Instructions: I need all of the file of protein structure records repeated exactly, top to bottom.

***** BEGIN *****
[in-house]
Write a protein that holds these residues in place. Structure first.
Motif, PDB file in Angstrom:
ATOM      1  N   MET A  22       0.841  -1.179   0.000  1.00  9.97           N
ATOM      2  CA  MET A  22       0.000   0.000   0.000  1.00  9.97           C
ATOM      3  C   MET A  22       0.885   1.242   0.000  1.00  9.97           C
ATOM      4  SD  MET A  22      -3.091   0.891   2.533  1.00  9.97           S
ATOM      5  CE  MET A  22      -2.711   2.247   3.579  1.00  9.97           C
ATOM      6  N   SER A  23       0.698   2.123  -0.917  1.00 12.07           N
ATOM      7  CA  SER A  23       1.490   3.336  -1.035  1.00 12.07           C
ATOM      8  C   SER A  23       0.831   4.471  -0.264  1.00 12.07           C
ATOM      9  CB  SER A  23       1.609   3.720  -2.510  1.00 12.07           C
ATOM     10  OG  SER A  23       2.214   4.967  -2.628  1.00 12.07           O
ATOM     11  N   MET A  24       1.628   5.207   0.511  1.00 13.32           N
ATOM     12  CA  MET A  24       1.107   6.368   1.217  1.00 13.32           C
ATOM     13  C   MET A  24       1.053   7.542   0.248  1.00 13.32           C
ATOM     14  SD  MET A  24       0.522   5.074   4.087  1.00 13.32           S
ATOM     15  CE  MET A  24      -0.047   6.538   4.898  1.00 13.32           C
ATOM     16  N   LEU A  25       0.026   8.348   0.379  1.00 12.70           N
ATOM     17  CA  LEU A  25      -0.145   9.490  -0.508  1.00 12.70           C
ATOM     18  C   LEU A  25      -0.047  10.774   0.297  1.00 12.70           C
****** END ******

[in-house]
Write a protein that holds these residues in place. Structure first.
Motif, PDB file in Angstrom:
ATOM      1  N   MET A  22       0.841  -1.179   0.000  1.00  9.97           N
ATOM      2  CA  MET A  22       0.000   0.000   0.000  1.00  9.97           C
ATOM      3  C   MET A  22       0.885   1.242   0.000  1.00  9.97           C
ATOM      4  SD  MET A  22      -3.091   0.891   2.533  1.00  9.97           S
ATOM      5  CE  MET A  22      -2.711   2.247   3.579  1.00  9.97           C
ATOM      6  N   SER A  23       0.698   2.123  -0.917  1.00 12.07           N
ATOM      7  CA  SER A  23       1.490   3.336  -1.035  1.00 12.07           C
ATOM      8  C   SER A  23       0.831   4.471  -0.264  1.00 12.07           C
ATOM      9  CB  SER A  23       1.609   3.720  -2.510  1.00 12.07           C
ATOM     10  OG  SER A  23       2.214   4.967  -2.628  1.00 12.07           O
ATOM     11  N   MET A  24       1.628   5.207   0.511  1.00 13.32           N
ATOM     12  CA  MET A  24       1.107   6.368   1.217  1.00 13.32           C
ATOM     13  C   MET A  24       1.053   7.542   0.248  1.00 13.32           C
ATOM     14  SD  MET A  24       0.522   5.074   4.087  1.00 13.32           S
ATOM     15  CE  MET A  24      -0.047   6.538   4.898  1.00 13.32           C
ATOM     16  N   LEU A  25       0.026   8.348   0.379  1.00 12.70           N
ATOM     17  CA  LEU A  25      -0.145   9.490  -0.508  1.00 12.70           C
ATOM     18  C   LEU A  25      -0.047  10.774   0.297  1.00 12.70           C